Lecturer in Urban Planning; Associate Director for Global Public Affairs
Ph.D. in Urban Planning, University of California, Los Angeles
Areas of Interest:International Development, International and Comparative Planning, Nonprofits/Nongovernmental Organizations
Office Location:5361, Public Affairs
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Stephen Commins works in areas of regional and international development, with an emphasis on service delivery and governance in fragile states. Commins was Director of the Development Institute at the UCLA African Studies Center in the 1980s, and then worked as Director of Policy and Planning at World Vision International in the 1990s.
Dr. Commins was Senior Human Development Specialist at the World Bank from 1999-2005. His work at the World Bank included “Managing Dimensions of Economic Crisis: Good Practices for Policies and Institutions,” the establishment of the Bank’s children and youth cluster, and a survey of service delivery programs implemented by civil society organizations. Commins was one of the co-authors of the World Bank’s World Development Report 2004, Making Services Work for Poor People. Following the report’s publication in 2003, he managed several initiatives on service delivery in post-conflict countries and the relationships between political reform and improved services.
Over the last decade, he has continued to work on service delivery programs, including the major study, “Service Delivery in Fragile States: Good Practice for Donors,” for the Fragile States Group of the Development Assistance Committee of the Organization for Economic Cooperation and Development in 2006. Some of his fragility and disaster work has included “testing the DFID state building” framework in Lao PDR and Cambodia, managing studies on disasters and safety nets for the World Bank in Bangladesh, a co-authored paper on participation, accountability and decentralization in Africa, and producing studies on health systems strengthening in fragile states for World Vision Canada and on sub-national fragility in India and Pakistan for the HLSP Institute. He also led a team of policy researchers for the UK government, who produced a policy note and guidance resource for designing Multi-Donor Trust Funds or “Pooled Funds” in fragile states.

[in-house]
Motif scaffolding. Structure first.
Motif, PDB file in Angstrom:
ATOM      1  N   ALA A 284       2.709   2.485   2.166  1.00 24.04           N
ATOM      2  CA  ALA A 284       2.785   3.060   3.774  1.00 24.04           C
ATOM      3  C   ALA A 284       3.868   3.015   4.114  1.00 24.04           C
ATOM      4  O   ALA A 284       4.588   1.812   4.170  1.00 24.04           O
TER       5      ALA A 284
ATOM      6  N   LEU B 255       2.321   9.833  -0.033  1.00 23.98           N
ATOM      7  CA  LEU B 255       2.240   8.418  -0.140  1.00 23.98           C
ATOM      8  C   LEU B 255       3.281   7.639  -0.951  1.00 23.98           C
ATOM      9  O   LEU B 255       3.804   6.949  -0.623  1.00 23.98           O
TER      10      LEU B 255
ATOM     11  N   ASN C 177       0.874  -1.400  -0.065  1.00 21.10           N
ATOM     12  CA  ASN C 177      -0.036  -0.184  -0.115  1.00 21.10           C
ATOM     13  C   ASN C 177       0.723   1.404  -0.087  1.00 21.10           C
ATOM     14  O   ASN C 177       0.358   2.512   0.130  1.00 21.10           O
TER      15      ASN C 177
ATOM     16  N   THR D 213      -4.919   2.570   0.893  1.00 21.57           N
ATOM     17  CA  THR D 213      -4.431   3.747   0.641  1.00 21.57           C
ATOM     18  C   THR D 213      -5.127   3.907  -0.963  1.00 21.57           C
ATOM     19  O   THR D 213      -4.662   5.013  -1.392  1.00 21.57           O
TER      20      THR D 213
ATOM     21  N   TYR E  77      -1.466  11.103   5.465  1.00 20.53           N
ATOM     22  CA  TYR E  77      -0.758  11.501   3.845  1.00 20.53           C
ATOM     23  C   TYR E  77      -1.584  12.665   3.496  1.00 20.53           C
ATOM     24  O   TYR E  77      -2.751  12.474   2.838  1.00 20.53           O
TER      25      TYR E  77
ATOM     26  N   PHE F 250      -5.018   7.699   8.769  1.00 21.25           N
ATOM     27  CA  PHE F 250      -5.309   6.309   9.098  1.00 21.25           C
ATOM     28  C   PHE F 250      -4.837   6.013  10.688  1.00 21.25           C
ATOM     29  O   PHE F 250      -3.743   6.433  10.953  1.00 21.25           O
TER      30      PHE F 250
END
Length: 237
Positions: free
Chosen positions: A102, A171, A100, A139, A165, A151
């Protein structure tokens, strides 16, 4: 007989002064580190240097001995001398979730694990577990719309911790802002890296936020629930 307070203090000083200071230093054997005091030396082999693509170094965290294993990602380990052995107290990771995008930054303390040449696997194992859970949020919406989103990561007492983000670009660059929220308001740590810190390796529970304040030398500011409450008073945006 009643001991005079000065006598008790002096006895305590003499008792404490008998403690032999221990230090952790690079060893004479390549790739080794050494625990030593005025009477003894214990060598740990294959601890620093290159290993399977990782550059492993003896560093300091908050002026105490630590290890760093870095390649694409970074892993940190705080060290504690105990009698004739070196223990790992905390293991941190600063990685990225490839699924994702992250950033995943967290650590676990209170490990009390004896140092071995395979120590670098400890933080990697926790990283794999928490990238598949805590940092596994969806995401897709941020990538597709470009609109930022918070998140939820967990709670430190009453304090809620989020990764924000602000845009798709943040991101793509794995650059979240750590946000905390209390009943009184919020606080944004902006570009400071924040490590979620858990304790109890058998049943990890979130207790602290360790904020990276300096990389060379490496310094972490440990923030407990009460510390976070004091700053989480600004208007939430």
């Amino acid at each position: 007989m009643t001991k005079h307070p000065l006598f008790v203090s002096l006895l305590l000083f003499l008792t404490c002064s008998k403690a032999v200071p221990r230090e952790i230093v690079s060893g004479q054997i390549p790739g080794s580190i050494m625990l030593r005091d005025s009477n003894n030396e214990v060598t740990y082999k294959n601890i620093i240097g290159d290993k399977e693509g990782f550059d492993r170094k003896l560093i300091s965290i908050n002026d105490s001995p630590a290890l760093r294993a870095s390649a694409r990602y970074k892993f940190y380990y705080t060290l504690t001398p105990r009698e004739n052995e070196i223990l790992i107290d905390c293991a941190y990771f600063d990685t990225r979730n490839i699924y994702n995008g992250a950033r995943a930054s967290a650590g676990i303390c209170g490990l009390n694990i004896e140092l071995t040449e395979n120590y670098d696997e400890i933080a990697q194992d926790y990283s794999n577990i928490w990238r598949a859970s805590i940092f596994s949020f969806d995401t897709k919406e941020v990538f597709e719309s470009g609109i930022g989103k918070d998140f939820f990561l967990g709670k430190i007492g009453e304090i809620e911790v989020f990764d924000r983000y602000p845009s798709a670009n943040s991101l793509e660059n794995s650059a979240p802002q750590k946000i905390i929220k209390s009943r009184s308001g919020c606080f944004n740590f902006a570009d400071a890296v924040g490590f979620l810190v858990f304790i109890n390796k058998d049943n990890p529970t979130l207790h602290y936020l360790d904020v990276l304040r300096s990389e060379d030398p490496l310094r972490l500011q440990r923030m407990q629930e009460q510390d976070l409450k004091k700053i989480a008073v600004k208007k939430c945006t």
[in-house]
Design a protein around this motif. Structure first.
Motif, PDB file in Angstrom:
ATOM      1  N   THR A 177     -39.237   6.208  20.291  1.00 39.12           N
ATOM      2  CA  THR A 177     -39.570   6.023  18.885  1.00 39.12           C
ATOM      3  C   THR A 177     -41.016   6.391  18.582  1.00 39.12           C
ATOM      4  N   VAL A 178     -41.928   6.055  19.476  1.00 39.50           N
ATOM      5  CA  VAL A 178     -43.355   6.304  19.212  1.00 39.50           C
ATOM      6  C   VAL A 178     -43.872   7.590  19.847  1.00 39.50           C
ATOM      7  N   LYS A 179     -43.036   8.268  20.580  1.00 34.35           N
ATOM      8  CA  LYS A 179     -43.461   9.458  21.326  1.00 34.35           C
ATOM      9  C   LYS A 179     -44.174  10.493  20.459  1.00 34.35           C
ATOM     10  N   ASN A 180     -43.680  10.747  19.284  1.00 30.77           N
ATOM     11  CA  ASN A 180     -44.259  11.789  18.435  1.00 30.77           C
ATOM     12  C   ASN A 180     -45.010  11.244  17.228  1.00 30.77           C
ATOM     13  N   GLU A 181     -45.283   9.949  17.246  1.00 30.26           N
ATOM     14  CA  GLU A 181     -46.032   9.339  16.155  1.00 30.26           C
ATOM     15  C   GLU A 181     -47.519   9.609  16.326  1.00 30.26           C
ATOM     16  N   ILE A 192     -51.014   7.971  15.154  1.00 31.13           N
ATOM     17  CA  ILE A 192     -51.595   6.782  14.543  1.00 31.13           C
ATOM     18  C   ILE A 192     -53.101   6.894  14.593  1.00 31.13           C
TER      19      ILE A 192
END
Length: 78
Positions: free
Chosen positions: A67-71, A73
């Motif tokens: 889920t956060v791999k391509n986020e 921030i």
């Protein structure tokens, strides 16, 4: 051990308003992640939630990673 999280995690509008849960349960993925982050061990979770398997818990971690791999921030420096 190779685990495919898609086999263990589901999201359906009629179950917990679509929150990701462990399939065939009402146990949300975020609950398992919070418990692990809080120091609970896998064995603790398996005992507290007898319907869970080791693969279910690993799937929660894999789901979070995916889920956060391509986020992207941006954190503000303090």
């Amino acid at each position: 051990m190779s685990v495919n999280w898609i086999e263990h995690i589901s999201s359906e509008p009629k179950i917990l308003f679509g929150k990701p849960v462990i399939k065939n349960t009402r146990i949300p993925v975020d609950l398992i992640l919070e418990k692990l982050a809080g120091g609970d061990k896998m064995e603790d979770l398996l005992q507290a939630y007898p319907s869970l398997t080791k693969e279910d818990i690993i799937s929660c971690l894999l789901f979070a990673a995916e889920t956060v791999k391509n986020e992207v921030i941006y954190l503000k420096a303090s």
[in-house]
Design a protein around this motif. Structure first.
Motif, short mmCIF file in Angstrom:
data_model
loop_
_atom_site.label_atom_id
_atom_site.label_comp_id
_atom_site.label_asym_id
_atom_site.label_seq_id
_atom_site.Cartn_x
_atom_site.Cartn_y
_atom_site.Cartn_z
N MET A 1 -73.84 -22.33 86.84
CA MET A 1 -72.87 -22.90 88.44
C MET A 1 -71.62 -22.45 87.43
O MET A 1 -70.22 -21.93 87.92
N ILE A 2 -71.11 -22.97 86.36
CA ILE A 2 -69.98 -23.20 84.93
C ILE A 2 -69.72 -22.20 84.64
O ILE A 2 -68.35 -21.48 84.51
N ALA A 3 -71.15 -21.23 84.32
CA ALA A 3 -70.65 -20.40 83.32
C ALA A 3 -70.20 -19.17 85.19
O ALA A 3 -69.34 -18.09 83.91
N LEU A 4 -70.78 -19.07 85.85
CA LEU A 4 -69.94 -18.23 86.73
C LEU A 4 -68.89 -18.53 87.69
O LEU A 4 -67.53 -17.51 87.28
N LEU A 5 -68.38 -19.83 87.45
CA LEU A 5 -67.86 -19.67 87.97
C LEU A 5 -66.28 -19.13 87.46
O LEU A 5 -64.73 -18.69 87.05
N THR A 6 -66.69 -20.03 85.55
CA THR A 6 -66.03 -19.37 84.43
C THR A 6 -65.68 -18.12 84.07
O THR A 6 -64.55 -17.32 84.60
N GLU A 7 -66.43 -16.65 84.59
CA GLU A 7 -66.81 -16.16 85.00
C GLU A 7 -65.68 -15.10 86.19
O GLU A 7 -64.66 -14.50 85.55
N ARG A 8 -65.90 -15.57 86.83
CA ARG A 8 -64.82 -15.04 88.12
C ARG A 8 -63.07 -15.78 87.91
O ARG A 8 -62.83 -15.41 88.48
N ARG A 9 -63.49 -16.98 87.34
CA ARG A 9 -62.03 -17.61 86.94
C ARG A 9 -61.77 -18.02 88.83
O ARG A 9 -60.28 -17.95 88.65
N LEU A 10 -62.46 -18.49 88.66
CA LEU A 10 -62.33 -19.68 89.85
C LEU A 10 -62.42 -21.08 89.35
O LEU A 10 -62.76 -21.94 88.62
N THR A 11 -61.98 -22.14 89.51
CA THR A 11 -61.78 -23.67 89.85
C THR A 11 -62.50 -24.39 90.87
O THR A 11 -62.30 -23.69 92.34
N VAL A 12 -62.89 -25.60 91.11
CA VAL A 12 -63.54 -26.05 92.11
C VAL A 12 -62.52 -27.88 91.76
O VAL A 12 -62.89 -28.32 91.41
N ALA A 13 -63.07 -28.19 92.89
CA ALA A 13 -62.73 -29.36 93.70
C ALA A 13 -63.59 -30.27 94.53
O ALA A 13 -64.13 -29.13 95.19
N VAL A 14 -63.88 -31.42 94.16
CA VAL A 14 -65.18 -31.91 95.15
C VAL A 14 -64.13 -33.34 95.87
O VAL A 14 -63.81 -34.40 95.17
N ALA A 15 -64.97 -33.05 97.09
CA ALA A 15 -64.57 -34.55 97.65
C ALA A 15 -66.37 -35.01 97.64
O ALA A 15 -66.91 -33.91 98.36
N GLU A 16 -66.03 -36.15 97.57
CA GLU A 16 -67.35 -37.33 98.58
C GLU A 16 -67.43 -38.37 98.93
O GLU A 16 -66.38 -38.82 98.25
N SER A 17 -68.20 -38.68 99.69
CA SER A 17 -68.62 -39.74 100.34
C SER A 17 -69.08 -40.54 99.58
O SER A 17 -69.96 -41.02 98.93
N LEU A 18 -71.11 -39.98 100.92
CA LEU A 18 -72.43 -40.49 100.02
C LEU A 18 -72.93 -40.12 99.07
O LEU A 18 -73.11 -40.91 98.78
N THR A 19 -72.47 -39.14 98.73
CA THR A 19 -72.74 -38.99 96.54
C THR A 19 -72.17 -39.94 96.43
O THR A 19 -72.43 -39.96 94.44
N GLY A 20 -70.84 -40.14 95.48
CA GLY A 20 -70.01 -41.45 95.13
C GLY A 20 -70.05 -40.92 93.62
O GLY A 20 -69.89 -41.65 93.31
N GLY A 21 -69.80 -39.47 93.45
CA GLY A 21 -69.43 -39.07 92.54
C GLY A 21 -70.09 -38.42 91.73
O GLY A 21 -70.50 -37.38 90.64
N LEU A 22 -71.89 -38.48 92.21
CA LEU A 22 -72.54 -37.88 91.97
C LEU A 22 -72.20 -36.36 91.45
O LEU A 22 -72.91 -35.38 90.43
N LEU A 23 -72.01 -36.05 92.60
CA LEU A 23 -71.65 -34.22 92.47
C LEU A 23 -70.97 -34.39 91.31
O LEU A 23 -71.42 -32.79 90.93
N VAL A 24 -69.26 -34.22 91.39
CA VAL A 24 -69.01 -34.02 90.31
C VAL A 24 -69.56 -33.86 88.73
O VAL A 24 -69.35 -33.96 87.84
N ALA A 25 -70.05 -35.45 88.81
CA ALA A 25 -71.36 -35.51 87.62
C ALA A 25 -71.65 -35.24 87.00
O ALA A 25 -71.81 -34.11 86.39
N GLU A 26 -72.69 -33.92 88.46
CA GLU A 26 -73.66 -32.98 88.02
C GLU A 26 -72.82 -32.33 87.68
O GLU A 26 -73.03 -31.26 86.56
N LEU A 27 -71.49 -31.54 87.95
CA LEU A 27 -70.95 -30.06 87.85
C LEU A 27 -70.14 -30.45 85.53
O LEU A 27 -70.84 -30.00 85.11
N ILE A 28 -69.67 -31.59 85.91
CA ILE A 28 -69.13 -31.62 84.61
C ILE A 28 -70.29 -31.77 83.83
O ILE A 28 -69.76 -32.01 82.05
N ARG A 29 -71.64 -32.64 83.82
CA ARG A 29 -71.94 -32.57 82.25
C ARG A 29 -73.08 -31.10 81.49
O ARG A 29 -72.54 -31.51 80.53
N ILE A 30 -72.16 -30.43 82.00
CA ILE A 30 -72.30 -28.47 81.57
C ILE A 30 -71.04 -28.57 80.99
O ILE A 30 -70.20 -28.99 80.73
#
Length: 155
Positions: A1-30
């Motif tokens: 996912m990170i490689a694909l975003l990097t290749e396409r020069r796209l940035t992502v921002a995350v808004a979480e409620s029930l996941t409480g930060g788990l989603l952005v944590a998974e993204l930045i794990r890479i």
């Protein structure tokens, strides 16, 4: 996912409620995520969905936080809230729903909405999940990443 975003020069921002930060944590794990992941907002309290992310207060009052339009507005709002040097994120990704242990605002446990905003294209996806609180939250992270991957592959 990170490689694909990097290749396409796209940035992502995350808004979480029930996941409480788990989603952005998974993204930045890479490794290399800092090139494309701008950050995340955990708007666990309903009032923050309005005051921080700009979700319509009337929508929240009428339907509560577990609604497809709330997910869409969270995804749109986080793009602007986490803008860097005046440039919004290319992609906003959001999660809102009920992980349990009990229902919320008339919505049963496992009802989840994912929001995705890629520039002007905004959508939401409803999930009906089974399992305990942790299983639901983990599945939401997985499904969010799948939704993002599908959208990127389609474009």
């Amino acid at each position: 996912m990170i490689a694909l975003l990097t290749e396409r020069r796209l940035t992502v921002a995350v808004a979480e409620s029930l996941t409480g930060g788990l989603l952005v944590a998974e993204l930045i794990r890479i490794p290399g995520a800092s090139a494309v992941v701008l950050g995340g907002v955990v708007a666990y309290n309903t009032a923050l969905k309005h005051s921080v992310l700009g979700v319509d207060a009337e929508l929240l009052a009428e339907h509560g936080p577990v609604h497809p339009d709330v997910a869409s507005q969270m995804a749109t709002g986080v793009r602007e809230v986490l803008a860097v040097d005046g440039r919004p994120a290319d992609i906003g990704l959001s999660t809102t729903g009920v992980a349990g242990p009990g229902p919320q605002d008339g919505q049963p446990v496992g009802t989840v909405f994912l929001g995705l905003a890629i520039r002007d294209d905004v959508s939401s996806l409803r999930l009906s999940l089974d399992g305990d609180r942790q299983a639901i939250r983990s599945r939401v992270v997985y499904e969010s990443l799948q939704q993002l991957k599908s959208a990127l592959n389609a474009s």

He has worked for five years in support of a long-term study of livelihoods and post-conflict reconstruction in Pakistan, as part of a seven-country project with the Sustainable Development Policy Institute in Islamabad and the Secure Livelihoods Research Consortium at ODI in the UK.. For academic years 2013-15, he worked as the consultation and dissemination coordinator for the World Bank’s World Development Report 2015 (Behavior, Mind and Society). His other projects at that time included a four-country study with the Overseas Development Institute on community-driven development and livelihoods in four South Asian countries, support for World Development Report 2017 (Governance and the Law), and a project on designing long-term urban programs for urban areas affected by the Syrian refugee diaspora (Lebanon, Jordan and Turkey).
His recent work has included designing two workshops, one on urban water and displaced populations and another on municipalities and livelihoods for city officials from Middle Eastern countries impacted by the Syrian diaspora. He also has been involved with the World Development Report 2018 (Education: The Learning Crisis), an assessment of education systems and needs in South Sudan, a study on providing digital skills for young women in low-income countries, and the second phase of the Secure Livelihoods Research Consortium.
At UCLA, Dr. Commins teaches courses in regional and international development. His current courses are on urbanization in developing countries, climate change, water and health, and disaster management. He is the Associate Director for Global Public Affairs at the Luskin School.
Livelihoods, basic services and social protection in north-western Pakistan (1).pdf
livelihoods and basic services in NWP.pdf
ter Veen Commins World Vision HSS in FS 2011.pdf
Cities, Violence and Order: the Challenges and Complex Taxonomy of Security Provision in Cities of Tomorrow